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Science & Technology - Arts & Entertainment

Unfrozen in Time - New Sound Installation Brings Historic Dioramas to Life at the Academy of Natural Sciences

July 3, 2012

Moose diorama in the Academy's North American Hall
Dioramas such as this moose in the Academy's North American Hall are usually silent.

An odd harmony of animal sounds fills the natural history museum’s North American Hall, where, normally, the moose reigns majestically and the grizzly bear ogles its fresh kill—in dead silence.

A new art installation that opened this week at the Academy of Natural Sciences of Drexel University brings the historic dioramas to life with roaring, braying, running, calling, chirping and all manner of lively sounds animals make and use to communicate. The “music to the ears” of visitors as they enter the hall filled with bears, deer, birds, and other animals is actual recordings of animals in the wild.

Just as it is impossible to see all these animals in such close proximity to one another in nature, visitors are given another exceptional opportunity as they are immersed in the sounds of these animals simultaneously. About 16 minutes long, Unfrozen in Time: Collective Voices of North American Hall was created for the Academy’s yearlong Bicentennial and represents various life moments of the animals in North American Hall.

“If they could all talk to one another, I imagine the conversation starting very quietly, building to many voices speaking simultaneously until smaller, calmer voices prevail,” said Lydia Hunn, the artist who created the project.

While visitors will be able to identify some familiar calls, they also will hear some unfamiliar, new sounds. “Voices” featured in this work include bobcats, pronghorn antelope, crows, Kodiak brown bears, sheep, muskrats, bison, and many more. Detailed information about the animal sounds can be accessed by scanning a QR code on signage in the museum.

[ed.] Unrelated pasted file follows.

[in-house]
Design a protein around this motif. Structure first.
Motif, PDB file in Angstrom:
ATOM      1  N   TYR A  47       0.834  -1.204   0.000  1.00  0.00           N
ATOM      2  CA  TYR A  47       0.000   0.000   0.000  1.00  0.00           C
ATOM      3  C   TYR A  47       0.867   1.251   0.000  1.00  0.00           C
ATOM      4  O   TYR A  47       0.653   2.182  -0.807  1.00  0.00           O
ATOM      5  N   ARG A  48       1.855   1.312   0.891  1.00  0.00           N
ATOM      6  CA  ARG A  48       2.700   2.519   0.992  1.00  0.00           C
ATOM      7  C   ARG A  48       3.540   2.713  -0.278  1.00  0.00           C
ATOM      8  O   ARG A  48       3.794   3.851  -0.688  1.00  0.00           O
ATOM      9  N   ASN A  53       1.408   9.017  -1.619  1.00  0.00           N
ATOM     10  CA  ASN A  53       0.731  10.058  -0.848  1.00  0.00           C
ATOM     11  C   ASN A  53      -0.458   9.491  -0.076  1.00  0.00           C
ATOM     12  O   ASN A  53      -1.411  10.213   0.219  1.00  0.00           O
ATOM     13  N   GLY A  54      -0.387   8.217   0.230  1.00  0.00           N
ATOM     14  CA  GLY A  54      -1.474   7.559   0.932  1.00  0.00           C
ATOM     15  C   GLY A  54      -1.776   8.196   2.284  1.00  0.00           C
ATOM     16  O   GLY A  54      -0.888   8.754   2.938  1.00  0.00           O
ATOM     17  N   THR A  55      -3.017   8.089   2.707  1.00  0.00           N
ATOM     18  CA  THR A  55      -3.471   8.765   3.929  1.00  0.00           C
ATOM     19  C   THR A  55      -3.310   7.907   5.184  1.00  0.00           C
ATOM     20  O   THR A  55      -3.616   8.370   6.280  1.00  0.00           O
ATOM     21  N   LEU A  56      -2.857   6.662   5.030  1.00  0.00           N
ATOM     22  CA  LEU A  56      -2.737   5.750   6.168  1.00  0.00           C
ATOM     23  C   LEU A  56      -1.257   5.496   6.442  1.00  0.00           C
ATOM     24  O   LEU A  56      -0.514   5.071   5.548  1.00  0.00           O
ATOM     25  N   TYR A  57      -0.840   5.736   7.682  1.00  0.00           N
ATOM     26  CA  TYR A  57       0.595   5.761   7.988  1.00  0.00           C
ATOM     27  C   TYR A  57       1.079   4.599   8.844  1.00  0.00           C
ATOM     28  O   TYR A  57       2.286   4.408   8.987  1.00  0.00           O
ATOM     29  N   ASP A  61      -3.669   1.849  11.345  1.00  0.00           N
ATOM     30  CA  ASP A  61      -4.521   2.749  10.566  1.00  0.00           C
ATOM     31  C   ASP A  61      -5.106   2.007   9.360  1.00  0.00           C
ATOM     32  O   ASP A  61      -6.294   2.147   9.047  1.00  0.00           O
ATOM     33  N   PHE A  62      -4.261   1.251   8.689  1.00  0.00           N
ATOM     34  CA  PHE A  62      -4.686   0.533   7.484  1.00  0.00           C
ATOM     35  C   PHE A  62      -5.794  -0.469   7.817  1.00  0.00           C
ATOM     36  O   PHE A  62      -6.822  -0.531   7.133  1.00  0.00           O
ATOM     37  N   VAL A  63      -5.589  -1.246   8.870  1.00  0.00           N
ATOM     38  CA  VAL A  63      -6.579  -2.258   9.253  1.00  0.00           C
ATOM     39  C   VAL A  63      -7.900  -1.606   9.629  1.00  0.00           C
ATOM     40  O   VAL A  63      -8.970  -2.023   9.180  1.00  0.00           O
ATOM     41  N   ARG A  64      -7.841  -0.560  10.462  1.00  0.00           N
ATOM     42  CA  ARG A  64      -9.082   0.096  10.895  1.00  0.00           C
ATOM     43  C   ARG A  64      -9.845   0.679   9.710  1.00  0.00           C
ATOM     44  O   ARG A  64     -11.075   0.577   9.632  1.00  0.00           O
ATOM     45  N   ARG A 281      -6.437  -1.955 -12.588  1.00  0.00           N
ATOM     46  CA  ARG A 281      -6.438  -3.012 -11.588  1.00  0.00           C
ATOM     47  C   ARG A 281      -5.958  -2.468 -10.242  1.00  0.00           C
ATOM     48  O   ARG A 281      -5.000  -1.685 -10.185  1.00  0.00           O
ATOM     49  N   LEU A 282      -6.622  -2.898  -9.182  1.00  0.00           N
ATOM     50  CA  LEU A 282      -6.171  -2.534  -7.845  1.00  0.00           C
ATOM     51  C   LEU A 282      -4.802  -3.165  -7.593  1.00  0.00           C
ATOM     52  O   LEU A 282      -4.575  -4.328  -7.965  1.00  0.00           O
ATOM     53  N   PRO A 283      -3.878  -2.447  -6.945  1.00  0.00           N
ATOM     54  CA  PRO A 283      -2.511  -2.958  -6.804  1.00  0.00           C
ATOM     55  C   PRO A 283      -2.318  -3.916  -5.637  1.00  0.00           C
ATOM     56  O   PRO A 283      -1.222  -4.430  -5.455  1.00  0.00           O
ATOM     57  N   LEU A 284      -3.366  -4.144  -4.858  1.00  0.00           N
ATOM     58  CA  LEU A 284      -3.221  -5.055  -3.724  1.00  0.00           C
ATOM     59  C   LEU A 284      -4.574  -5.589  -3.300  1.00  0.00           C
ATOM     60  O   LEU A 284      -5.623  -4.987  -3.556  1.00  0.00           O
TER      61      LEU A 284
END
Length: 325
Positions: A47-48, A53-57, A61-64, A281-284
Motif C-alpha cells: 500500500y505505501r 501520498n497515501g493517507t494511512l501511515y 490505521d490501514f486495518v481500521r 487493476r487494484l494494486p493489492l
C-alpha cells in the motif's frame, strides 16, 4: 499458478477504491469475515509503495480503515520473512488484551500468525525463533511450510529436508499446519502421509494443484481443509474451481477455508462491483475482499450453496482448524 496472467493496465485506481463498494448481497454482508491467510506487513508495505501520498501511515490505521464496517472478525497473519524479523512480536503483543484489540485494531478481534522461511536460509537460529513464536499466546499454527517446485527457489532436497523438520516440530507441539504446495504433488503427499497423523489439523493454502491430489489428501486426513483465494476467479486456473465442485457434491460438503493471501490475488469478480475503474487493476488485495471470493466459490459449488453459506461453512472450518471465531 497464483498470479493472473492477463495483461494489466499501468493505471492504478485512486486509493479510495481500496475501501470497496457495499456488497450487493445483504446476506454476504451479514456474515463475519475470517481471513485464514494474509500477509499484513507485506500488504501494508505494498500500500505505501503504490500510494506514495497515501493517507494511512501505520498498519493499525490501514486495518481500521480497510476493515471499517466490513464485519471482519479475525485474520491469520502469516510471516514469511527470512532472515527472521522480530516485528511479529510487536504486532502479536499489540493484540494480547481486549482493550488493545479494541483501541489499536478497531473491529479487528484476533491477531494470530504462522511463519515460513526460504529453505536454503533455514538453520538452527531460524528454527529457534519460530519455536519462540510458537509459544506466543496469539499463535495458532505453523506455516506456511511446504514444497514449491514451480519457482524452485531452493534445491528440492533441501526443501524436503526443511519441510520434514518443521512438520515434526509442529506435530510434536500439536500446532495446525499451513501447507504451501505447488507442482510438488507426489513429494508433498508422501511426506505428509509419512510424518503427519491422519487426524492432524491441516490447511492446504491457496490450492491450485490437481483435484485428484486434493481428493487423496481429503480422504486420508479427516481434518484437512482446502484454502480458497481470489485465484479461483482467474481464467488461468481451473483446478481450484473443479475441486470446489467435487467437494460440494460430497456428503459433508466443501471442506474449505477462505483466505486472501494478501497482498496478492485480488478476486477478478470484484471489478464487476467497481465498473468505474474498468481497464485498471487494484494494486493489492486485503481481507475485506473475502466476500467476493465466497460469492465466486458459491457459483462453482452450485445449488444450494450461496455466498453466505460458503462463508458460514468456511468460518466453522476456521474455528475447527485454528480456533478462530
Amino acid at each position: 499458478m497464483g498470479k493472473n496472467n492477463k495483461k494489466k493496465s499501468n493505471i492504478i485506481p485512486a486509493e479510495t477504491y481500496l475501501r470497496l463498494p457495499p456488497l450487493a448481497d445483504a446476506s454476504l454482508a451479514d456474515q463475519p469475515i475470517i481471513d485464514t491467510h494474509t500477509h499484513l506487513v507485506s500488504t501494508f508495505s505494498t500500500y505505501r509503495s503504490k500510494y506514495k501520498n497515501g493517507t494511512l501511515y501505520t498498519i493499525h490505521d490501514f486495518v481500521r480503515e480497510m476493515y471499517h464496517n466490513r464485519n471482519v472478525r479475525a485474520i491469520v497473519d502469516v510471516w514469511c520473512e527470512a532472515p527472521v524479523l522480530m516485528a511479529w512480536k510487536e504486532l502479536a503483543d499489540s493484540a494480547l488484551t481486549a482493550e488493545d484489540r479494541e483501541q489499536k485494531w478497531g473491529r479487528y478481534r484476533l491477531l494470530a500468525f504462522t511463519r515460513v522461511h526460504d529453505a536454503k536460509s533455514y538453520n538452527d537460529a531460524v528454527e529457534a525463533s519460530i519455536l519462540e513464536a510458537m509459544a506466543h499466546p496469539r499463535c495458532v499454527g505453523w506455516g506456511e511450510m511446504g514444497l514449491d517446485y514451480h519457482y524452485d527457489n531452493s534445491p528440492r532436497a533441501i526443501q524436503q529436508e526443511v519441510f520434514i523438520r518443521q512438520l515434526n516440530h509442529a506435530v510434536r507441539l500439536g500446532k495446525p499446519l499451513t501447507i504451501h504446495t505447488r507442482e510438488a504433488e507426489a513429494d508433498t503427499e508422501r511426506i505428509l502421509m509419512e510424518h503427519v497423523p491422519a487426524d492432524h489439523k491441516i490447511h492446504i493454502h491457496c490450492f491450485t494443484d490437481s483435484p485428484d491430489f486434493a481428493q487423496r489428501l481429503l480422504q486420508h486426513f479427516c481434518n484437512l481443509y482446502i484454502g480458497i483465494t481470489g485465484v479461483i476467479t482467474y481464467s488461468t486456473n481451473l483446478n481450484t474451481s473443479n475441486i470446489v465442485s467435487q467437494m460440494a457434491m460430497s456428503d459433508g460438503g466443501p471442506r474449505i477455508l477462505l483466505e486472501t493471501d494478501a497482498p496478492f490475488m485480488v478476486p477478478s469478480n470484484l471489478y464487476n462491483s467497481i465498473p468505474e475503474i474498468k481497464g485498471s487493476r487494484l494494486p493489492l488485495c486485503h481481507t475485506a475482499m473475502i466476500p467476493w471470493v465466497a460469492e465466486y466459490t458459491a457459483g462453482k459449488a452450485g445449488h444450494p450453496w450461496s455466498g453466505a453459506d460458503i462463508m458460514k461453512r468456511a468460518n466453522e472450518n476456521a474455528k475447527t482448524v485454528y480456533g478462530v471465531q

Hunn has taught performance (four-dimensional design) at Drexel’s Antoinette Westphal Collegeof Media Arts & Design since 1979. She collaborated on the project with local musician John Avarese, winner of the 2006 Pennsylvania Council of the Arts Fellowship in Music, who also teaches at Drexel.

All of the animal sounds are taken from descriptions listed in A Notebook for the Dioramas of the Academy of Natural Sciences, Philadelphia, compiled by Academy scientists and housed in the Academy’s Ewell Sale Stewart Library.

Academy President and CEO George W. Gephart, Jr. said the “music to the ears” piece is another way the nation’s oldest natural history museum is enhancing the visitor experience as it celebrates its 200th anniversary. 

“We are delighted to provide our guests with yet another unique opportunity to immerse themselves in the museum,” Gephart said. “These artists have done a fantastic job of bringing these historic dioramas to life.” 

Media Contact:

Carolyn Belardo

belardo@ansp.org

215.299.1043